3. A Knowing Mess says:

        Blood volume tends to scale more with body surface area than with body weight, which is why surface area is preferred for some compounds.

  6. Anon says:

    Should be noted by looking at the author affiliations that this likely wasn’t pulled off by an army bringing up material in an academic lab. Most of the grind was presumably done by the process team at Eisai, so hats off to them, with important intellectual contributions from the Kishi group given their experience with the molecule. The synthesis was GMP, which in a 92 step synthesis leaves significant work under non-GMP, but at least the last few steps were clearly not an academic lab effort.

    1. Anonymous says:

      Anon said: “Most of the grind was presumably done by the process team at Eisai,” Which reminds to mention that RB Woodward (and Kishi is very much a protege of RBW) got a lot of help and a lot of advanced materials from industrial process labs back when he racing to the completion of cortisone. In addition to being a smart guy (leg 1), persisting to purify intermediates via crystallization (leg 2), and having several kgs of advanced steroid intermediates at your disposal (leg 3) gives you legs up on your competition.

      Another story for the lay readers: RBW was racing against Merck (and others) to make synthetic cortisone. Max Tishler was head of research at Merck and Louis Sarett led the cortisone project. One of the chemical steps involved a bright red solution. Tishler was walking through the labs and noticed some spilled red liquid. Because cortisone was such an important project (it became a “miracle drug” of the 1950s) and everyone knew about the race to finish, Tishler sputtered, “That had better be blood!” Tishler was said to be a REALLY nice guy. I’ll leave to others to tell their stories about PIs who would gladly pay for a paper with the blood of their subordinates.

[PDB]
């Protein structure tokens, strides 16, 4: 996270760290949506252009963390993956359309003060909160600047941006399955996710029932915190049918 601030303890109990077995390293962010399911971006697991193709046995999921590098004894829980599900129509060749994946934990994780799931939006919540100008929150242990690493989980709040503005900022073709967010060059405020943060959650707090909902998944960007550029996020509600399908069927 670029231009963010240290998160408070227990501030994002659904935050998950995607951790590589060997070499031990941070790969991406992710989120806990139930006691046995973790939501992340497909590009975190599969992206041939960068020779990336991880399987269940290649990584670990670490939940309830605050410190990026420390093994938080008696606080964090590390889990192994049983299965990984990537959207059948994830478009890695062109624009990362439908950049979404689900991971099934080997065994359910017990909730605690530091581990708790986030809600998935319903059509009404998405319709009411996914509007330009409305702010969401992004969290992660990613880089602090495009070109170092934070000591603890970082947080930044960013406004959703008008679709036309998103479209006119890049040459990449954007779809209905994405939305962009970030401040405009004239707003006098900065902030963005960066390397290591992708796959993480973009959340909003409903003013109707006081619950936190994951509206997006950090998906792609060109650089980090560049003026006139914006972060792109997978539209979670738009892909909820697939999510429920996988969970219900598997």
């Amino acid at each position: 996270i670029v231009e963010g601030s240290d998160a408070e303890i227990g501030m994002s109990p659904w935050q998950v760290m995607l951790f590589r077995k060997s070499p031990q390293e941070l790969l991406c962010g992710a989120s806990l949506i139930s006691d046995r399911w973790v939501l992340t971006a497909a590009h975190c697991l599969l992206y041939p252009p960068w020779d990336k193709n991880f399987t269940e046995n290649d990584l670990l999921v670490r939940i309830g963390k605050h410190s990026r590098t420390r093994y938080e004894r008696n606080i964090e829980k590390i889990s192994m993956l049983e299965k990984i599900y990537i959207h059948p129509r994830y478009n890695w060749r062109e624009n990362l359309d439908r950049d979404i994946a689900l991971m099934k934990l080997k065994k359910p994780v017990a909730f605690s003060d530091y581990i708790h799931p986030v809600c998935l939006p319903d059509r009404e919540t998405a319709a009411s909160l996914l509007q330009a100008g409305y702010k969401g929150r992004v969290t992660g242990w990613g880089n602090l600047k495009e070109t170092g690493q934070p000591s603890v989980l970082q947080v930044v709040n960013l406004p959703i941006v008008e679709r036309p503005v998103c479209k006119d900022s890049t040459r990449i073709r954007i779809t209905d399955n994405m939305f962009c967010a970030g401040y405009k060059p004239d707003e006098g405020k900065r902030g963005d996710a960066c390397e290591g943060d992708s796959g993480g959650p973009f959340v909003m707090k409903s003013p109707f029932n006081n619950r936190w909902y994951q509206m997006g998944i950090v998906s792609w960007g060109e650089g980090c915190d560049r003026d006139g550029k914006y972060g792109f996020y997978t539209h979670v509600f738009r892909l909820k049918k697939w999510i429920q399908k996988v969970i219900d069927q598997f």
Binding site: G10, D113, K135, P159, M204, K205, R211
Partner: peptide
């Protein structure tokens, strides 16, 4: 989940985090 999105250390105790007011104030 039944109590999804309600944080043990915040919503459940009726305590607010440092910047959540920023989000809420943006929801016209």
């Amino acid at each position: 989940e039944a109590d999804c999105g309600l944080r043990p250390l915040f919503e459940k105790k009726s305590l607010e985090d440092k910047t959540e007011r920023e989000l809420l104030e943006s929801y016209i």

7. anchor says:

    I hope that the ketols all over this molecule survive stomach acid, or not?

    1. mfernflower says:

      Might be an iv only drug or an double encapsulated oral (think sporanox)

  8. EyePee says:

    That’s one way to avoid generic competition!

  9. Barry says:

    well, it’s not a protein, not a peptide, not a polynucleotide, not an oligosaccharide…but is it a “small molecule”? Prof. Kishi is staking out for himself a truly novel niche.
    And I look to his students for leadership in process chemistry, not in Med. Chem.

  10. Thomas says:

    So many chiral centers? Does that make it extremely hard or is there a way to manage that?

  11. Barry says:

    As a drug approach, messing with microtubules is actually a step backwards in cancer chemotherapy. Every cell–transformed or wt–that attempts mitosis depends on microtubules. Nothing about halichondrin is actually targeted to cancers.

    1. loupgarous says:

      Which puts it in the same basket as everolimus, which inhibits glycolysis – Severely, and if you’re prediabetic before you start, you’re a full member of the DM lodge after two months on it, and then some.

      One of those “kills the cancer faster than it kills the rest of you drugs”. Though its action on skin and mucosa at least did a number on all my skin tags before I had to stop it because I couldn’t get my bg back under control on it.

      1. eub says: